Despite the good news surrounding this discovery and its “considerable promise in a wide variety of disease contexts,” it poses important ethical questions about its safe use in human embryos. Gene therapy could target egg and sperm cells (germ cells), which would allow the genetic changes to be passed on to future generations. This germline gene therapy could be beneficial by keeping future generations in a family from having a particular disorder, but the consequences to the fetus and its development are unknown, as are the potential long-term side effects. In addition, the editing can cause unintended consequences, such as the loss of a chromosome (a long DNA molecule in each cell with part or all of the genetic material of an organism) or parts of it.

Fully aware of these issues, Doudna spearheaded a 2015 effort to impose a temporary worldwide moratorium on the clinical use of the technique in human embryos. Federal law forbids the creation of “gene-edited babies” in around 30 countries including the United States, but other countries do not have similar bans. The pros and cons of gene editing in human embryos continue to be debated.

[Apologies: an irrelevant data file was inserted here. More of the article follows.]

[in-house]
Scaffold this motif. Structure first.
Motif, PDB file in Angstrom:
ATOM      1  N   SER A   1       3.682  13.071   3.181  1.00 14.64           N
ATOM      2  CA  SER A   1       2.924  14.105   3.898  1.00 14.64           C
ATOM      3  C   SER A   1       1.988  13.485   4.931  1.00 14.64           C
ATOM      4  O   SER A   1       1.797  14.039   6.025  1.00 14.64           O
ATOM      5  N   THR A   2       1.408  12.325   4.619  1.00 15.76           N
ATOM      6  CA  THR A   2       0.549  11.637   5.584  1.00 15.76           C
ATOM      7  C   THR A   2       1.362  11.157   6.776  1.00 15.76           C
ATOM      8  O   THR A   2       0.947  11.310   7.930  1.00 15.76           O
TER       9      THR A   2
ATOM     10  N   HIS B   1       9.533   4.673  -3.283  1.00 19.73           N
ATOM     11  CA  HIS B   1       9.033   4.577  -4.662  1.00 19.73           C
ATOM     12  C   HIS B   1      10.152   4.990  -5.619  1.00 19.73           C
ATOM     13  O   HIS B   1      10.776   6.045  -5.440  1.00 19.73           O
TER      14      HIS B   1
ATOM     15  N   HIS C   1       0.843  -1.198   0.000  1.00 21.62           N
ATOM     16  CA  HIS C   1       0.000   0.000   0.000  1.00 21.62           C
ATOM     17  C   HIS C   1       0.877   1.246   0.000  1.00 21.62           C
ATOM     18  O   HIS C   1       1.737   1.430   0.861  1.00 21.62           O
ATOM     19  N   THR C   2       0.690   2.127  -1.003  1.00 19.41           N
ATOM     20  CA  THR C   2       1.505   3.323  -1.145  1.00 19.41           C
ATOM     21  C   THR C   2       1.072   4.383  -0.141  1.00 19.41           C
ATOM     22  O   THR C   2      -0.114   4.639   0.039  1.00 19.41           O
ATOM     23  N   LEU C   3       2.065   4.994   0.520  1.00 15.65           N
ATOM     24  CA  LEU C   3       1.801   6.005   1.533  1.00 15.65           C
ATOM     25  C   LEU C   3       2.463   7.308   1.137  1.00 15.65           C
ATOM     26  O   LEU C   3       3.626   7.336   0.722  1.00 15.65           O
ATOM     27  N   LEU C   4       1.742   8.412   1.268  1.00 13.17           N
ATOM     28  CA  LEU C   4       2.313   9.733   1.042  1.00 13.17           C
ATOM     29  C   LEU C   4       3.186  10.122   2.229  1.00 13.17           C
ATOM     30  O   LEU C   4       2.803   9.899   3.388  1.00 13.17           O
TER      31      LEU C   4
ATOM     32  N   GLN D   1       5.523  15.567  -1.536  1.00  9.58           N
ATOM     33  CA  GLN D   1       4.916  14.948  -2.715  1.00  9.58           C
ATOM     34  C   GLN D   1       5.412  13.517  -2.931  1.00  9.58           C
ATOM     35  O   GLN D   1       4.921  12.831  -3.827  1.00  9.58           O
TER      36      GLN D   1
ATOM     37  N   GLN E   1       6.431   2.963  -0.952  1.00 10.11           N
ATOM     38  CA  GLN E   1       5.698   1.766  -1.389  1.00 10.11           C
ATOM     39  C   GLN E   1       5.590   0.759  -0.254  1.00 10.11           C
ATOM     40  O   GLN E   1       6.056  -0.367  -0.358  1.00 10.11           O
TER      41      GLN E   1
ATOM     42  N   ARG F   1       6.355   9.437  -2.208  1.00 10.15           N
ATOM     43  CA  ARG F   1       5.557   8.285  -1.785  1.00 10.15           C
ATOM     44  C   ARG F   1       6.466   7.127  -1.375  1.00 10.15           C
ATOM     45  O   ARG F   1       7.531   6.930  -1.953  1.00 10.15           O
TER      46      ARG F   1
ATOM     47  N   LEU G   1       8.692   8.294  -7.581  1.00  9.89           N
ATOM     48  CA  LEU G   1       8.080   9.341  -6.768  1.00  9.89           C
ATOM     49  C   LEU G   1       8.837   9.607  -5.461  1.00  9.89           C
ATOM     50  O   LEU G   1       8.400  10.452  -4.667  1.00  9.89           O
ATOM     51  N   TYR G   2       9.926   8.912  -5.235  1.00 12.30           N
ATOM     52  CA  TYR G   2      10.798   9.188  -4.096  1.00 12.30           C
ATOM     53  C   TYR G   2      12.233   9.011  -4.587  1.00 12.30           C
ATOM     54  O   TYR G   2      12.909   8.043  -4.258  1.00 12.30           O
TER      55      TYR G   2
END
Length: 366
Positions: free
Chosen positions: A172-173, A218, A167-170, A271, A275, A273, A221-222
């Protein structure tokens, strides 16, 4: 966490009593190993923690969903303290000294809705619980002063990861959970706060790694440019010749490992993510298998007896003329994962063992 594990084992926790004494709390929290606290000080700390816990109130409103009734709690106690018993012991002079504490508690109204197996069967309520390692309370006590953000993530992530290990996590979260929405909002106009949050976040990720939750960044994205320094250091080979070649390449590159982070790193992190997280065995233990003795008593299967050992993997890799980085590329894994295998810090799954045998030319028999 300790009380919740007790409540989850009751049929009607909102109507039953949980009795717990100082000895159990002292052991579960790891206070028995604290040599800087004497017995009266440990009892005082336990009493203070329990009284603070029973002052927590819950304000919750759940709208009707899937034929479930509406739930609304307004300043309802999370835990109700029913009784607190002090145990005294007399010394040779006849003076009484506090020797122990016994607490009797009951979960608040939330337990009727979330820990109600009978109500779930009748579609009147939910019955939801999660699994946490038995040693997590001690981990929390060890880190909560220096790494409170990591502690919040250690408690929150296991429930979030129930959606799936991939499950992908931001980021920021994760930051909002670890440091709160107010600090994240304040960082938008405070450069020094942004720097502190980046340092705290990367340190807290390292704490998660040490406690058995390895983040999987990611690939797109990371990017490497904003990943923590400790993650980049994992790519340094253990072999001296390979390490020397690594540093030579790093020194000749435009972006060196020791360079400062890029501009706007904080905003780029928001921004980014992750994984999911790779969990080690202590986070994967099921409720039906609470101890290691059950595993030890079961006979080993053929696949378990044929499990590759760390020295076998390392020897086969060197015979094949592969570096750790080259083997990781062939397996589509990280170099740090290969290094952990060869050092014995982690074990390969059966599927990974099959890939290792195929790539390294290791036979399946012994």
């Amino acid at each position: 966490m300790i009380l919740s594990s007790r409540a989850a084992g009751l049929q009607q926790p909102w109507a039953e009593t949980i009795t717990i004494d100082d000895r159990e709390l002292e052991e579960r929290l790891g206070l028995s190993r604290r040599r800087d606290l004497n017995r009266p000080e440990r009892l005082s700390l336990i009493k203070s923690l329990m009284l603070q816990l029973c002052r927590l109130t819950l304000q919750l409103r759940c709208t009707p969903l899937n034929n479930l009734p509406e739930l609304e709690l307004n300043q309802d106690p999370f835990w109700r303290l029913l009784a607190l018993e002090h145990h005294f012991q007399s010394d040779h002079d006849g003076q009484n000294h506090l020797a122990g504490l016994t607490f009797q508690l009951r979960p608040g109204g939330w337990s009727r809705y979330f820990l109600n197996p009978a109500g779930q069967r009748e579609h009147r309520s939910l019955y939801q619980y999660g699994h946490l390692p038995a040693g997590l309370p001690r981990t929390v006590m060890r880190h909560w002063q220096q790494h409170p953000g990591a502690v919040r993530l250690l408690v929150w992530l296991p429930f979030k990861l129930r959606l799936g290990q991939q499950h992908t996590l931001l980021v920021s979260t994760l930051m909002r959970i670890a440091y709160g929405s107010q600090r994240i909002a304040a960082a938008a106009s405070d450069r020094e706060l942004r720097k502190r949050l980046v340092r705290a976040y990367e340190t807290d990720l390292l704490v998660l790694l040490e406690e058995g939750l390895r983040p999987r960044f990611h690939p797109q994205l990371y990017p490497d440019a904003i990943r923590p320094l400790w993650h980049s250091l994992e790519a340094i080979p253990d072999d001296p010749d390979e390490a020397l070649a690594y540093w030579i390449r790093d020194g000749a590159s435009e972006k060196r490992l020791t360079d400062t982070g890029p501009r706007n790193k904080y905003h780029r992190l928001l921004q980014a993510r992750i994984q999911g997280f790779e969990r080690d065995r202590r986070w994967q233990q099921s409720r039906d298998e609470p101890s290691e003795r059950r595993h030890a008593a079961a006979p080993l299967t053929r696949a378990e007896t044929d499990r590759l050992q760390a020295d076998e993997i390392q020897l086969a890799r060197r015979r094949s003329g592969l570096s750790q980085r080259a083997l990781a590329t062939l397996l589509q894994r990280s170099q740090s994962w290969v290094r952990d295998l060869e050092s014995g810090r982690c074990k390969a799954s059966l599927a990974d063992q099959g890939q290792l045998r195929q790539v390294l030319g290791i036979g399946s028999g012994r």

Among her numerous awards, Doudna received the Nobel Prize in Chemistry 2020 jointly with Charpentier for the development of the CRISPR-Cas9 gene-editing technology.

Featured image: Jennifer Doudna, 2016 (photo by Duncan Hull, Creative Commons, Attribution-Share Alike 3.0 Unported license)